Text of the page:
After spending two oppressive weeks in Saudi Arabia, where the sky was hidden behind a grey haze, the air was filled with sand and the piety police (official or self appointed) made me overly paranoid—landing in Kabul was like stepping into the free world.
The clear blue sky welcomed my plane as it landed at the newly refurbished Kabul airport. A jetway met the plane door ushering us directly into the terminal—not the norm in this part of the world. The customs official was polite and speedy and Kabul’s fresh air was a welcome reprieve to my asthmatic lungs.
Once safely tucked into my cousin’s white Toyota, we caught up on family, current events and Kabul security— he assured me Kabul is very safe. I didn’t tell him that the US State Department travel alert said differently.
In the short car ride to his house I noted the number of women roaming Kabul streets without a burka. Having spent two weeks in Saudi Arabia, where women were covered from head to toe, the Kabul scene stood out.
Near Kabul University, young girls sporting skinny jeans and long tunics walked with locked arms, sporting small thin head-scarves that barely covered their stylish hairdos.
How could this be the same city where Farkhunda was brutally murdered three weeks earlier while a mob cheered on the killers?
Kabul is cleaner and more orderly than my last trip three years ago, but it felt more dangerous. The checkpoints with machine gun toting policemen peeking into cars made me feel I was in a city preparing for siege.
Despite the fragility of the city, I found a unity in people’s reflection on Farkhunda’s killing, uncommon for Afghans. Everyone I met—man, woman and child—recounted where they were when they heard about Farkhunda’s brutal beating. Everyone I met, renunciated Farkhunda’s killing with shame and horror. Everyone I met, said they will not allow something like this to happen again. It’s not often people are satisfied with the police under such circumstance but surprisingly, many feel the government has done a good job of identifying and arresting the criminals. Now they wait for real justice, the verdicts of the trials.
The Kabul city officials have honored Farkhunda by naming the square near Shahid Shamsharay Wali Mosque—where she was murdered—Farkhunda Square.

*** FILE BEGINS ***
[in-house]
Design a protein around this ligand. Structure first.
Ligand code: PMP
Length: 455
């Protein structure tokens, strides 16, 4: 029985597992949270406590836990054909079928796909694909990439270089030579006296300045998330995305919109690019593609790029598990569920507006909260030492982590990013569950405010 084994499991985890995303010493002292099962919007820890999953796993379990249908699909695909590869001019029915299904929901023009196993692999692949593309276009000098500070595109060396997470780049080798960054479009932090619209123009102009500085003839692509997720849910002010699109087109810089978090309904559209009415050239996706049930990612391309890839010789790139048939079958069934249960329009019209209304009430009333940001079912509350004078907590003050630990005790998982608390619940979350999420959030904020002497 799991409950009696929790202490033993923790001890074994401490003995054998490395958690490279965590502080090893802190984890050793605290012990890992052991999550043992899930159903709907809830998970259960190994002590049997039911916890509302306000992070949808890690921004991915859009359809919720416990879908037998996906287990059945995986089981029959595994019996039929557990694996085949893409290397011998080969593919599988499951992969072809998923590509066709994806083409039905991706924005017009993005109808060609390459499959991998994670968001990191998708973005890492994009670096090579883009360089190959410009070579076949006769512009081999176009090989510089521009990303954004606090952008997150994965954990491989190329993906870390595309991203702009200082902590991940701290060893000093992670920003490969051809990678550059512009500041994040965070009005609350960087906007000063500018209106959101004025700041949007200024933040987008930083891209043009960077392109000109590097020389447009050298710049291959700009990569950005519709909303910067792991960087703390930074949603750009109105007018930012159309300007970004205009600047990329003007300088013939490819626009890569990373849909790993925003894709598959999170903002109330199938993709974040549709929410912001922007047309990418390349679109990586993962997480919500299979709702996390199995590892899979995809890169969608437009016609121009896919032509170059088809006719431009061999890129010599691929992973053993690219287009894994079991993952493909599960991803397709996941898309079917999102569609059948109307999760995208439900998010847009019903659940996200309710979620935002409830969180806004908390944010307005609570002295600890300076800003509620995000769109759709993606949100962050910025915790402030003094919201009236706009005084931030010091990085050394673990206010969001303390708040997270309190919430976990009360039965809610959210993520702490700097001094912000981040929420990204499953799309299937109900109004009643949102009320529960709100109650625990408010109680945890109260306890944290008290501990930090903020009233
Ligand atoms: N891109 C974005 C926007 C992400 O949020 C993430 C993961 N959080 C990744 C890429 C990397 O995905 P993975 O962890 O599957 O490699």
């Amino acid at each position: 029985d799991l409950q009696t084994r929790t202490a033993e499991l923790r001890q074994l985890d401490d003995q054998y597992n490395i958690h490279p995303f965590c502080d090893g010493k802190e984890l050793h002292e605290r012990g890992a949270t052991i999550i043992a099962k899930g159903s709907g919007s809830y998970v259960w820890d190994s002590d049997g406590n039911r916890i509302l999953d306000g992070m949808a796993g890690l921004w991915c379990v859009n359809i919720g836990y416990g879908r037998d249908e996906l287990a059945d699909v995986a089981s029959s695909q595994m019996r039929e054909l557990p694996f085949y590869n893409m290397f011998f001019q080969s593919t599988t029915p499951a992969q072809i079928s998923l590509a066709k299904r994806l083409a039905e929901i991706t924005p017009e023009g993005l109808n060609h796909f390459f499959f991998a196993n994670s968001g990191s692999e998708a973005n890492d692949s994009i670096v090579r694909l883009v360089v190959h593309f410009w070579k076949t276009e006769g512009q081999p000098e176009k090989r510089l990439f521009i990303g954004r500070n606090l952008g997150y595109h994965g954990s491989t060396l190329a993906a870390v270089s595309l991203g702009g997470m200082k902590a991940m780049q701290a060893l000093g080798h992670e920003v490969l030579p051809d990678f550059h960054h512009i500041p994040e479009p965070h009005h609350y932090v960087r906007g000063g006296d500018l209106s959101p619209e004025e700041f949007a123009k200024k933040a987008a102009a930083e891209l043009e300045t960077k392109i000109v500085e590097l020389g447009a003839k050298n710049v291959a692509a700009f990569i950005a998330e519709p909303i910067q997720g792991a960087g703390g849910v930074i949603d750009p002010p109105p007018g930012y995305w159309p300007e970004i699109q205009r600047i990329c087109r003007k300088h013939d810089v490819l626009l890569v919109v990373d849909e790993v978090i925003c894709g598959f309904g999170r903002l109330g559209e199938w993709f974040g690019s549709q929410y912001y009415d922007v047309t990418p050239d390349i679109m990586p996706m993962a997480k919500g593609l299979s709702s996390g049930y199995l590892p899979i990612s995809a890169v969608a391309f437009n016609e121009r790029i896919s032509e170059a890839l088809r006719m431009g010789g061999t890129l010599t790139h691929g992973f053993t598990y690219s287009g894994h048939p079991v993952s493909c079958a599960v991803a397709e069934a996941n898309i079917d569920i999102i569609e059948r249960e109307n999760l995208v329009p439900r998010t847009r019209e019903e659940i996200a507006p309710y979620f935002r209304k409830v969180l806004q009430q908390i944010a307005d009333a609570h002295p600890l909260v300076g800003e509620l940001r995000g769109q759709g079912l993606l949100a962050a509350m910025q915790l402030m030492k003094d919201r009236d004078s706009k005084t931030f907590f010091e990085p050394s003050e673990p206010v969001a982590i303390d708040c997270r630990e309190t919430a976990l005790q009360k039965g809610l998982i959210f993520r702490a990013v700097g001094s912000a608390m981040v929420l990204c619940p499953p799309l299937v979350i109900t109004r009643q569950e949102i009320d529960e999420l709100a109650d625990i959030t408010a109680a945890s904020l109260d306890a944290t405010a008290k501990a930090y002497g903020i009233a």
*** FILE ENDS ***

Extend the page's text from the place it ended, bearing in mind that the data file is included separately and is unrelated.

Several hundred yards down the road from the mosque, a banner asking for justice, hangs where Farkhunda’s savagely beaten body was dropped into the dry Kabul riverbed before it was burnt to a crisp. A man has put up a red poster stating “My martyred sister Farkhunda” with a poem in her honor. Men and women stop to pray and tie shreds of colorful fabric commemorating Farkhunda’s martyrdom.
Farkunda’s legend grows with stories appearing on Afghan social media—in one recount, her father recounts that when she was ten, Farkhunda dreamt that in seventeen years she would die a brutal death.
Forty nine people were arrested. On Wednesday May 5th, four were sentenced to death by hanging, eight were sentenced to 16 years in jail and 18 were set free due to a lack of evidence. The court is adjourned until Saturday. The remaining 19 suspects are policemen—we wait for the new Afghan government to showcase the rule of law and justice in the verdicts for the indictment of police officer who stood by for the the duration of two hours when Farkhunda was beaten, run over by a car, dropped into Kabul riverbed and burnt. The result of this trial will set the course for the future of Afghan women's rights, gender equality and humane treatment.
My trip highlight was meeting these delightful children in Kabul, I want them to enjoy the same rights and educational opportunities as my daughters. I left my heart with them.